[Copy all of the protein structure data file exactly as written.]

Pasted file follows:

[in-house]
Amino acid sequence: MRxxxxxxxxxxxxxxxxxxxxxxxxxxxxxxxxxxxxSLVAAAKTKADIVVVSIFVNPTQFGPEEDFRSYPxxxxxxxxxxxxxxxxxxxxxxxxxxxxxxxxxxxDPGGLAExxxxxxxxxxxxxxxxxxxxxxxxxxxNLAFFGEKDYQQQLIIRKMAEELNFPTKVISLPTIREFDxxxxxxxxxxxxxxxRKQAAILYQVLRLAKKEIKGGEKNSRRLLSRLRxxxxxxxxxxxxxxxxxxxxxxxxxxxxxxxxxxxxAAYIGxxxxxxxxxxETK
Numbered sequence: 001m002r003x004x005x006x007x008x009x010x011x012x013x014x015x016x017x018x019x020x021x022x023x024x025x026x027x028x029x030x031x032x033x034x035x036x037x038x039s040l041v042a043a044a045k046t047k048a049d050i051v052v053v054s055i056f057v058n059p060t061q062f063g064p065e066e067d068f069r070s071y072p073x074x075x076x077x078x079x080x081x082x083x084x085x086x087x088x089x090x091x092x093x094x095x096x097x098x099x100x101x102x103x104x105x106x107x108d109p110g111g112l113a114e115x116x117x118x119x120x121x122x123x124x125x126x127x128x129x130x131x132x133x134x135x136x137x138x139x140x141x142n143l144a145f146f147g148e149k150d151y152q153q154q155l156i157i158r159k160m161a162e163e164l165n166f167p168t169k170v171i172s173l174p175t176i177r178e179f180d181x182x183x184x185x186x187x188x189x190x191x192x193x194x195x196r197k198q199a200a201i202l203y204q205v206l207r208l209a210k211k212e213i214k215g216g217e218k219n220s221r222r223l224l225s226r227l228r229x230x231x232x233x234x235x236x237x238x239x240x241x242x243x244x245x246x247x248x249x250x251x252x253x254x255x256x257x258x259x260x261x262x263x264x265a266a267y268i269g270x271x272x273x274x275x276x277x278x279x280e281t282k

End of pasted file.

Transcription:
[in-house]
Amino acid sequence: MRxxxxxxxxxxxxxxxxxxxxxxxxxxxxxxxxxxxxSLVAAAKTKADIVVVSIFVNPTQFGPEEDFRSYPxxxxxxxxxxxxxxxxxxxxxxxxxxxxxxxxxxxDPGGLAExxxxxxxxxxxxxxxxxxxxxxxxxxxNLAFFGEKDYQQQLIIRKMAEELNFPTKVISLPTIREFDxxxxxxxxxxxxxxxRKQAAILYQVLRLAKKEIKGGEKNSRRLLSRLRxxxxxxxxxxxxxxxxxxxxxxxxxxxxxxxxxxxxAAYIGxxxxxxxxxxETK
Numbered sequence: 001m002r003x004x005x006x007x008x009x010x011x012x013x014x015x016x017x018x019x020x021x022x023x024x025x026x027x028x029x030x031x032x033x034x035x036x037x038x039s040l041v042a043a044a045k046t047k048a049d050i051v052v053v054s055i056f057v058n059p060t061q062f063g064p065e066e067d068f069r070s071y072p073x074x075x076x077x078x079x080x081x082x083x084x085x086x087x088x089x090x091x092x093x094x095x096x097x098x099x100x101x102x103x104x105x106x107x108d109p110g111g112l113a114e115x116x117x118x119x120x121x122x123x124x125x126x127x128x129x130x131x132x133x134x135x136x137x138x139x140x141x142n143l144a145f146f147g148e149k150d151y152q153q154q155l156i157i158r159k160m161a162e163e164l165n166f167p168t169k170v171i172s173l174p175t176i177r178e179f180d181x182x183x184x185x186x187x188x189x190x191x192x193x194x195x196r197k198q199a200a201i202l203y204q205v206l207r208l209a210k211k212e213i214k215g216g217e218k219n220s221r222r223l224l225s226r227l228r229x230x231x232x233x234x235x236x237x238x239x240x241x242x243x244x245x246x247x248x249x250x251x252x253x254x255x256x257x258x259x260x261x262x263x264x265a266a267y268i269g270x271x272x273x274x275x276x277x278x279x280e281t282k